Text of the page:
A male pronghorn, photographed on Antelope Island, Utah.

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Bee hives, with their regularly arranged honeycombs and permanently busy workers may seem like the picture of order. But look closer, and hives are often abuzz with secret codes, eavesdropping spies and deadly alliances.

Bees release alarm pheromones that draw small hive beetles towards the hive.African honeybees are victimised by the parasitic small hive beetle. The beetles move through beehives eating combs, stealing honey and generally making a mess. But at worst, they are a minor pest, for the bees have a way of dealing with them.

They imprison the intruders in the bowels of the hive and carefully remove any eggs they find. In turn, the beetle sometimes fools the bees by acting like one of their own grubs, and gets a free meal instead of imprisonment. In Africa, both species have found themselves in an evolutionary stalemate.

But in 1998, American beekeepers spotted the beetle in hives of their local European-descended honeybees. These insects are gentler versions of their aggressive African relatives, and in them, the beetles found more vulnerable victims.

In the last decade, they have spread through hives on the East Coast, causing much more destruction than they normally get away with. In some cases, the damage is so severe that the bees are forced to abandon their hive. As the bees suffer, so do the economically vital crops they pollinate.

Now, scientists from the International Centre of Insect Physiology and Ecology and the University of Florida have uncovered the secrets behind the beetle's destructive ability.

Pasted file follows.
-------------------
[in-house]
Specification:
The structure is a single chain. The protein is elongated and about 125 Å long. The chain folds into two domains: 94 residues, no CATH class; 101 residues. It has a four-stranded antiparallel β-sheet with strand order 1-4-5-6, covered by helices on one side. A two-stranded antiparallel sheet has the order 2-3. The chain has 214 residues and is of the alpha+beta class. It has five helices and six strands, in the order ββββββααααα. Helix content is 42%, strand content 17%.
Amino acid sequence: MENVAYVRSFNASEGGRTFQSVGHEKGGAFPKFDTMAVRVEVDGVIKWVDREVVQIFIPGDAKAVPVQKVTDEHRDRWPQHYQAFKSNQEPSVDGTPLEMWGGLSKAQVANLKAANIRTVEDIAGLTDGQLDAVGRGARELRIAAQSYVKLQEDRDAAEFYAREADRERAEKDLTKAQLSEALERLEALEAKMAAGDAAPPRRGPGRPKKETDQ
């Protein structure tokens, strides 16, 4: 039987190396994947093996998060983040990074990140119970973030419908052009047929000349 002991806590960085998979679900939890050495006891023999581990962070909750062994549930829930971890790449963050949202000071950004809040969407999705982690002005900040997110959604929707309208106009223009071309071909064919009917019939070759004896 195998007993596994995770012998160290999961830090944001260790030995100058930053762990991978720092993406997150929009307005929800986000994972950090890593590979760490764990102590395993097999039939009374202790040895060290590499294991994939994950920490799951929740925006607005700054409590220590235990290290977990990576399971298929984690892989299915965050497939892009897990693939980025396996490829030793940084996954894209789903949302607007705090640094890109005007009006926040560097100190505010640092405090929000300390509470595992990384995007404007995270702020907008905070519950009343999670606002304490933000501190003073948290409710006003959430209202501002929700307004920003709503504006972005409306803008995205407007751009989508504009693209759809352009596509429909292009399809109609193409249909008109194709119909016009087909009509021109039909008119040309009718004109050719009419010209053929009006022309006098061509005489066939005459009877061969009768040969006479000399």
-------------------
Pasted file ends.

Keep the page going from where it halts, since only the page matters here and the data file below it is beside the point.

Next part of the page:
Small hive beetles  hunt down beehives by hijacking their communications. When bees are stressed or confronted by threats, they release alarm pheromones into the air to alert their hive-mates of impending danger. But the beetles can also detect these chemical signals and use the bees' own early warning system to locate their hives.

Baldwyn Tonto and colleagues found that the beetles are sensitive to much lower levels of these pheromones than the bees themselves are, and can detect a much wider ranger of airborne chemicals from the hive. With their superior senses, the beetles can home in on beehives before the bees themselves can sense the alarm.

But that's not the whole story. Tonto found that honeycombs infested by beetles, but free of worker bees, were emitting a strange smell. It mimicked the bees' alarm pheromones and strongly attracted even more beetles. But it wasn't coming from the parasites themselves.

Instead, the source of the smell was a type of yeast that hitches a ride with small hive beetles into the bees' home. Tonto found that the fungus was fermenting the pollen collected by the bees, and releasing chemicals that closely mimic the beetle-attracting alarm pheromones.

Domesticated European honeybees have been bred into helplessness against the small hive beetle.The beetles' keen sensitivity to the bees' chemical messages allows them to initially home in on a hive. As they arrive, they bring the yeast along for the ride and distribute it among the hive's pollen stores. The yeast ferments the pollen and releases chemicals that mimics the bee's alarm pheromone, attracting even more beetles .

Soon, the infection reaches critical mass, and the bees are forced to abandon their homes. They leave behind a sizeable store of pollen and honey, ideal breeding grounds for the unwitting partnership of yeast and beetle.